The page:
Why Not Statehood for D.C. Citizens?
Seattle Times, May 11th, 1987
The path is strewn with all sorts of political and legal obstacles, but the District of Columbia is pressing ahead on a campaign that could give it full statehood–a 51st state to be called New Columbia.
And why not? Despite its place as the seat of national power, the district long has been a governmental orphan whose residents have second-class political status. It elects a mayor and City Council, but local decisions are liable to congressional veto. Residents can vote in presidential elections, but their representation in Congress is limited to a single nonvoting delegate.
In 1978 Congress proposed a constitutional amendment to give D.C. full voting representation–two senators and at least one representative–but only 16 of a required 38 states had approved it before the ratification period ran out three years ago.
Now advocates of full statehood are saying there’s no need to pursue the tortuous constitutional-amendment process. Congress, they say, could establish New Columbia simply by enacting a law, and a bill to do that is working its way through the House.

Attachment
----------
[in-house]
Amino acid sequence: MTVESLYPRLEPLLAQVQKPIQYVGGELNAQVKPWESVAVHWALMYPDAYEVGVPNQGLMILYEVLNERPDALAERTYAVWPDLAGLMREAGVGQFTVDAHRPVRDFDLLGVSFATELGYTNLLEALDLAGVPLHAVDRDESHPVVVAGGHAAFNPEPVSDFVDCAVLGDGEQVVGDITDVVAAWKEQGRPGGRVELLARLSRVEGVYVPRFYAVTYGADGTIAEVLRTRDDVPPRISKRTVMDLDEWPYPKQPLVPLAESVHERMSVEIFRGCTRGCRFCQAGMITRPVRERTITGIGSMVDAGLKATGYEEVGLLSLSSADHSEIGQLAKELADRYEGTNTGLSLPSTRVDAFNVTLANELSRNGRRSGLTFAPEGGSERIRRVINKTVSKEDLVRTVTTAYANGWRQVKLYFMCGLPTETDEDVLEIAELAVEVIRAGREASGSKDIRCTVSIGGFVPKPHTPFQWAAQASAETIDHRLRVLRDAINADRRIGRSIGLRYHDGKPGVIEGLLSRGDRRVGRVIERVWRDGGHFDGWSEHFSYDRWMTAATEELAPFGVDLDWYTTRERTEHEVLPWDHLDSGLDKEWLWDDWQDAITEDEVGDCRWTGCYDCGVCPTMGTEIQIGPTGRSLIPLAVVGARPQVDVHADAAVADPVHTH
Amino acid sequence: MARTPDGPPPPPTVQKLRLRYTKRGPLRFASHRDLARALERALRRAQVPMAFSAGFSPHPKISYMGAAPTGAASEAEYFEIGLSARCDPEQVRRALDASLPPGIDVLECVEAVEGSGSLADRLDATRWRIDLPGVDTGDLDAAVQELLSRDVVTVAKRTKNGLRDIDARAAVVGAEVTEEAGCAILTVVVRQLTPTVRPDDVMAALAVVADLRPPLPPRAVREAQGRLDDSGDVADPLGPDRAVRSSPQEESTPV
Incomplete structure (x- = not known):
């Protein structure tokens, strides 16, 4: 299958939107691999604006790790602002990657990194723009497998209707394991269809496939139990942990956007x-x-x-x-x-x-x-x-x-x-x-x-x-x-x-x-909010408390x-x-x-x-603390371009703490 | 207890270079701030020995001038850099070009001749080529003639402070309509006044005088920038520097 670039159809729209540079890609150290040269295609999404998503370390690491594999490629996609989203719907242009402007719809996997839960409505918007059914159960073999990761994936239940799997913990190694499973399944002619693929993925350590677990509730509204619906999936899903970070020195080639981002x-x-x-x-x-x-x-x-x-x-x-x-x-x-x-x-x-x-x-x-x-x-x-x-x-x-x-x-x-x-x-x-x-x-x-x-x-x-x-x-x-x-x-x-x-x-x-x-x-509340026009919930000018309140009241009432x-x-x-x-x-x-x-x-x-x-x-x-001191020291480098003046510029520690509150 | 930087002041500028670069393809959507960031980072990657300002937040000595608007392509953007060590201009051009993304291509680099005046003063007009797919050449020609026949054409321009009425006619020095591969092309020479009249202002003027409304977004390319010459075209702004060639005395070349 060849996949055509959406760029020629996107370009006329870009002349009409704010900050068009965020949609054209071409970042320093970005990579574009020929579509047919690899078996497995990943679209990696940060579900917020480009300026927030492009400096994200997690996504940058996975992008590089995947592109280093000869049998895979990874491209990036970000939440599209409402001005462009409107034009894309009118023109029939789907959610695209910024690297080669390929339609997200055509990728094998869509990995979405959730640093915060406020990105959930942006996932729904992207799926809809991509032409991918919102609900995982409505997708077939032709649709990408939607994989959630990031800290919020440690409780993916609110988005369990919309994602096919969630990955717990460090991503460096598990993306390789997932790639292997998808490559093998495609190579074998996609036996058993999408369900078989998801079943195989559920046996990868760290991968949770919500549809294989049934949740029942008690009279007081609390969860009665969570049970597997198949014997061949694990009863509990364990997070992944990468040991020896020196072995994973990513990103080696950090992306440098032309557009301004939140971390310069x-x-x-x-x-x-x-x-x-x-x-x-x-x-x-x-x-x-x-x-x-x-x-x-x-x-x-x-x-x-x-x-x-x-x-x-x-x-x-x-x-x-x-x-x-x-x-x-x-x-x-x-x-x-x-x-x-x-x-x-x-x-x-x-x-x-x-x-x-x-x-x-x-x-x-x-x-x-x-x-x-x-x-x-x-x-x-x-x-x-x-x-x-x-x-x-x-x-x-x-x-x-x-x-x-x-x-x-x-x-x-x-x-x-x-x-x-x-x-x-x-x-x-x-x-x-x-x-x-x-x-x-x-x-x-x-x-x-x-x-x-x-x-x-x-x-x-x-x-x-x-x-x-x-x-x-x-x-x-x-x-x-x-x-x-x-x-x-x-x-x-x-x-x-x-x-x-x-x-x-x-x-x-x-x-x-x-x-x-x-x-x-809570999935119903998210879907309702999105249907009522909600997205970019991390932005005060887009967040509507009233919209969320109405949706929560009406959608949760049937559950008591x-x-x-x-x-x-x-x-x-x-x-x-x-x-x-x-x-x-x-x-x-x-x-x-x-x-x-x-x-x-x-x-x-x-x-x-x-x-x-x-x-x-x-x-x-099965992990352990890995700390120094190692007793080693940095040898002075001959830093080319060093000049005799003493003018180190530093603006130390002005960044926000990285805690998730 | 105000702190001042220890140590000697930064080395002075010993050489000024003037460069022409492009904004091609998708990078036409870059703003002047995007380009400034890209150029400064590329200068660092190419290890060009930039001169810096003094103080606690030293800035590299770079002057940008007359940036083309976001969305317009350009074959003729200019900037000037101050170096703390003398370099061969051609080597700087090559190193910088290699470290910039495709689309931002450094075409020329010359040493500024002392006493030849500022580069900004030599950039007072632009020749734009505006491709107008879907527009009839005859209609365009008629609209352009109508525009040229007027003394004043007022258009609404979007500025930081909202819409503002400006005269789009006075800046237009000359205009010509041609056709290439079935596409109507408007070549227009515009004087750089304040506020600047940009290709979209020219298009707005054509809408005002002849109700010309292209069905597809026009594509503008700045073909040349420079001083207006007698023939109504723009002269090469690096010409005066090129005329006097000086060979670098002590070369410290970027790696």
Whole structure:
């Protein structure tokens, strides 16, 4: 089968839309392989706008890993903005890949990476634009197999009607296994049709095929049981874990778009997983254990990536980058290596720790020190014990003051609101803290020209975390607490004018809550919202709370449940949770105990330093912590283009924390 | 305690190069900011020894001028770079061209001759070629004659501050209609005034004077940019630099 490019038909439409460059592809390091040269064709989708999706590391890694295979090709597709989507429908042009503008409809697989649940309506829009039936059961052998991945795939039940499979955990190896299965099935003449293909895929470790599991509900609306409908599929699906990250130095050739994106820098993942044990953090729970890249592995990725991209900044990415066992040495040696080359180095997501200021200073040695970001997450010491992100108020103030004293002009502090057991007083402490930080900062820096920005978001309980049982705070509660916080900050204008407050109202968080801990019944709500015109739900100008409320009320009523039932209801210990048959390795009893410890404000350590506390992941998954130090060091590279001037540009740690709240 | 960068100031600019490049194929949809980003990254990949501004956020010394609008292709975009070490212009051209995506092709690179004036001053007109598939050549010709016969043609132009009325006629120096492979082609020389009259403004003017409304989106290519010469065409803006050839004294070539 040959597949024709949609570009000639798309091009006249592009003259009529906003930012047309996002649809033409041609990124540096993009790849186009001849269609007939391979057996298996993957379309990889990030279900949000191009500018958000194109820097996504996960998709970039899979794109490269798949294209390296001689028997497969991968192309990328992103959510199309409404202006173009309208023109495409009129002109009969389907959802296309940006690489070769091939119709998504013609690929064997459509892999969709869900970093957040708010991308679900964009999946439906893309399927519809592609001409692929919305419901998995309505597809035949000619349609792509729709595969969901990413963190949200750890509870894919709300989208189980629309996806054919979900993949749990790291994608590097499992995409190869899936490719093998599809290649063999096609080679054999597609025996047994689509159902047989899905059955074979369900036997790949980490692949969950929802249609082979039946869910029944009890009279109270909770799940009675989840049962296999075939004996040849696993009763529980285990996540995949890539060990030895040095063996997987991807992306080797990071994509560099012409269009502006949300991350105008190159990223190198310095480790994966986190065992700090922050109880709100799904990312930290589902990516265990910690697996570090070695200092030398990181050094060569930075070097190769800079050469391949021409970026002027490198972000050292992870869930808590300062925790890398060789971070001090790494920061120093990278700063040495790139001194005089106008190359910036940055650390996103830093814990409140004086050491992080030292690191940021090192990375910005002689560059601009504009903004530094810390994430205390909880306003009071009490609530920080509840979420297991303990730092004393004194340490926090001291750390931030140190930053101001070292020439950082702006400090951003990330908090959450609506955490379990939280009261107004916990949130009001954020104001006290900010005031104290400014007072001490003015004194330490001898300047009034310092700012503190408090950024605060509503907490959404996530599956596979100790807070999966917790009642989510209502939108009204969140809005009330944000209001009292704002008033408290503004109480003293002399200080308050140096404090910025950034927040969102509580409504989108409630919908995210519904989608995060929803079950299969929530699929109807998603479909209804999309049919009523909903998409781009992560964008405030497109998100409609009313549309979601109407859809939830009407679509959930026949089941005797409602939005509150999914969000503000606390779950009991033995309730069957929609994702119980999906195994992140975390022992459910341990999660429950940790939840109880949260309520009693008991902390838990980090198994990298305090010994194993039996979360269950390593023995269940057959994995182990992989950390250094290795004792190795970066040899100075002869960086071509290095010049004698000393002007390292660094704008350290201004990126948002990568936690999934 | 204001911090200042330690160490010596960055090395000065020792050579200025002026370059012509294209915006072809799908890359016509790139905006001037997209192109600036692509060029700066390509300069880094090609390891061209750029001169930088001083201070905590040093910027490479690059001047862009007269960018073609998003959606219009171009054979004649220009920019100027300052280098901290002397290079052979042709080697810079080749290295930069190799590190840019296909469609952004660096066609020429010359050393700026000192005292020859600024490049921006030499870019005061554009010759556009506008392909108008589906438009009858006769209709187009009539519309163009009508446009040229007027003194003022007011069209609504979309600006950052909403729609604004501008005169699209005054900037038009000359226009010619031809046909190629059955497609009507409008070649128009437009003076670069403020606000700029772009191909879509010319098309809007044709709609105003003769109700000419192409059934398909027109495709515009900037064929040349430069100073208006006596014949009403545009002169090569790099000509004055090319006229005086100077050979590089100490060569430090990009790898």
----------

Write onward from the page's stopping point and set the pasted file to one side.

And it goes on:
Citing various legal authorities, opponents disagree and promise a court battle if Congress approves the statehood measure.
The Reagan administration also is resisting the statehood proposal, partly because of expectations that the members of Congress elected from New Columbia would be liberal Democrats.
Still, the case for statehood remains strong, if only as a matter of simple fairness. The district’s population at last count stood at some 637,000–far more than in Alaska, Delaware, Vermont or Wyoming.
This newspaper article was obtained from the Congressional Record in the Library of Congress related to H.R. 51, The New Columbia Admission Act of 1993. The article is not in the public domain but is being republished here under the fair use doctrine of U.S. copyright law in order to continue my advocacy for full representation for the American citizens of the District of Columbia.